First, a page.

4. Contrary to the report on HB2414 released by Attorney General Slatery, advocates of HB2414 are standing on solid legal ground. The AG’s report claimed that HB2414 runs contrary to Title IX policies “because the U.S. Department of Education…interprets Title IX to require that transgender students be given access to restrooms and locker rooms consistent with their ‘gender identity’ instead of their anatomical gender.” Title IX doesn’t actually require this. According to Alliance Defending Freedom (ADF) Senior Counsel Jeremy Tedesco, “DOE’s interpretation is completely off-base. What the law says is what matters, and the law explicitly allows separate restrooms and locker rooms. The DOE oversees but cannot change Title IX, which only Congress can modify, so the agency has no legal basis for forcing schools to open restrooms to students of both sexes.” Matt Sharp, Legal Counsel for ADF, puts it this way: “[U]nder current law, states and school districts that enact laws and policies requiring students to use restrooms and locker rooms that correspond to their biological sex do not violate Title IX. The threats about losing funding are simply empty threats.”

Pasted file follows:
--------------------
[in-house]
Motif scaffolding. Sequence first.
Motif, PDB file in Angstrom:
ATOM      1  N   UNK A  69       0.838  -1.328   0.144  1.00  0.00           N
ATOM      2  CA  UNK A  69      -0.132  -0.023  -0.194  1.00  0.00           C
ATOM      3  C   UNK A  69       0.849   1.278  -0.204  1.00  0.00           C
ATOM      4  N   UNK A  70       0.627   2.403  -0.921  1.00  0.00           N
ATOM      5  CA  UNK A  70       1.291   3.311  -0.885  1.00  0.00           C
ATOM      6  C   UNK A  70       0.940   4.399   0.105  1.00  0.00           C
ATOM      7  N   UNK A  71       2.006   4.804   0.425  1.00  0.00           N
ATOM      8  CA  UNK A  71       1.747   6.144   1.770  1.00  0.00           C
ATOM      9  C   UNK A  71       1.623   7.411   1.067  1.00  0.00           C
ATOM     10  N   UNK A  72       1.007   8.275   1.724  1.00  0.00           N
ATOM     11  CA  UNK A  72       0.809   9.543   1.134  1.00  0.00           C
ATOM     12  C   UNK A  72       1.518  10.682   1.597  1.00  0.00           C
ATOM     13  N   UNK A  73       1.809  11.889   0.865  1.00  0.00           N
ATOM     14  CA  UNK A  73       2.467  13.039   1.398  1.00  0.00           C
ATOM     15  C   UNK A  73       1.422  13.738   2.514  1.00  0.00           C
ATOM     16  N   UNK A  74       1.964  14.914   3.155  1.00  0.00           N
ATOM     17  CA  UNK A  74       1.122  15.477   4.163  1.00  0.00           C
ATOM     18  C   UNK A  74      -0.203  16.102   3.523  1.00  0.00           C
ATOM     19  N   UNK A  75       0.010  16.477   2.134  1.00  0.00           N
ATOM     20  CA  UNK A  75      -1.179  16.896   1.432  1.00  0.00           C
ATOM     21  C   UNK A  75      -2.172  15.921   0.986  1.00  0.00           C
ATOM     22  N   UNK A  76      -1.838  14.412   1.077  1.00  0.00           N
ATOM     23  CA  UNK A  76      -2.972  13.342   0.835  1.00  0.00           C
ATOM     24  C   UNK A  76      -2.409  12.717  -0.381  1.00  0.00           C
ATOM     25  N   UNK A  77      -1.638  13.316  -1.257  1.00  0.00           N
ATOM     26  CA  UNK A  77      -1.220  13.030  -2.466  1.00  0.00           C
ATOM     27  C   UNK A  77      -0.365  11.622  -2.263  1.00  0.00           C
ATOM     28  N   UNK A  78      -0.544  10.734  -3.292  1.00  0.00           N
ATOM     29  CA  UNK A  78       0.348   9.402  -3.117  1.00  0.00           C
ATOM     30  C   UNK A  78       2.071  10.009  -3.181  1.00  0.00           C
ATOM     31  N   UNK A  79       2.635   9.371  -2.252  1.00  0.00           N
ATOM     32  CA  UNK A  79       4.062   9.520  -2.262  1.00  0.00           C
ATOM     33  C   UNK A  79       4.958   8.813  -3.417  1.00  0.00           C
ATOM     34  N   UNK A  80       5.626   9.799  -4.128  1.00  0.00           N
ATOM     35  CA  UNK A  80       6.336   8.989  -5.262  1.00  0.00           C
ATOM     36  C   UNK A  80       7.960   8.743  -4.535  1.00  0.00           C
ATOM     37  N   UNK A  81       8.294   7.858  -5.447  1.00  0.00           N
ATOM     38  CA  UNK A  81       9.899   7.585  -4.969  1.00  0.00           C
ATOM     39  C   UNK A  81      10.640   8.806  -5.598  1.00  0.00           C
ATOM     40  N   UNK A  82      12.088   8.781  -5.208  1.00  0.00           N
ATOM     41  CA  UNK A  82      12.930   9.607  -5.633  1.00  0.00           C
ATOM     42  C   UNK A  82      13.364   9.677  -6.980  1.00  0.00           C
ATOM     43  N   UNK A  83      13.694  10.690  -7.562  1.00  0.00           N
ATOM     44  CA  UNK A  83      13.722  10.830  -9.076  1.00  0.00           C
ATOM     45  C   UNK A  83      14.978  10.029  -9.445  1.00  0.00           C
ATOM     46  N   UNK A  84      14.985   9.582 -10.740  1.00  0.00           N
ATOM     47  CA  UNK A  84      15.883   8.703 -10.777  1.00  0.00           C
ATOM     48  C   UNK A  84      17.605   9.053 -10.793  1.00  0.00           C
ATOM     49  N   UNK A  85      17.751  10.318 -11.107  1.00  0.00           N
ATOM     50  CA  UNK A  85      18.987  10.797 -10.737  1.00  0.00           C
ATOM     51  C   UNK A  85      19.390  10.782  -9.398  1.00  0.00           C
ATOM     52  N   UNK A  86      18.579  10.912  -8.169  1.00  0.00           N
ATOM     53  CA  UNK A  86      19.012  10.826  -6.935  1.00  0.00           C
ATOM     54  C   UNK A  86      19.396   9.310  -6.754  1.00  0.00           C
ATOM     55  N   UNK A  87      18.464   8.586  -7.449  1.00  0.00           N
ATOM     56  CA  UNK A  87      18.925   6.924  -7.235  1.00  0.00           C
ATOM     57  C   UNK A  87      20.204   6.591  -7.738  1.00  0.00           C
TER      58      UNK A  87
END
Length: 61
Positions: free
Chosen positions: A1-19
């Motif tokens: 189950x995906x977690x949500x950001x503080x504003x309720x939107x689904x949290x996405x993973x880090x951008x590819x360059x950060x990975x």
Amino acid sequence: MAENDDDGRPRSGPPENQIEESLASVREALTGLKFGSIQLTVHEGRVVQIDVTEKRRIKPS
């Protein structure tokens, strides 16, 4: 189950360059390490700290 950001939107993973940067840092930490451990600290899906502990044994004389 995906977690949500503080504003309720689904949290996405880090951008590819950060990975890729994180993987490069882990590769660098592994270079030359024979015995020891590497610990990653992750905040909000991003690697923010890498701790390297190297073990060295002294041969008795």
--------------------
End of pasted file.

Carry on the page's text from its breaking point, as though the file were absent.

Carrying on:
5. Large corporations that have adopted a politically correct line (not at all a courageous stance, given the number of corporations that have done so) must not be allowed to dictate a state’s policy through economic blackmail. Actually, these companies are putting themselves in a very untenable position when they threaten legislators and governors with economic ruin—and then look to these same leaders to establish and maintain policies that foster business-friendly environments.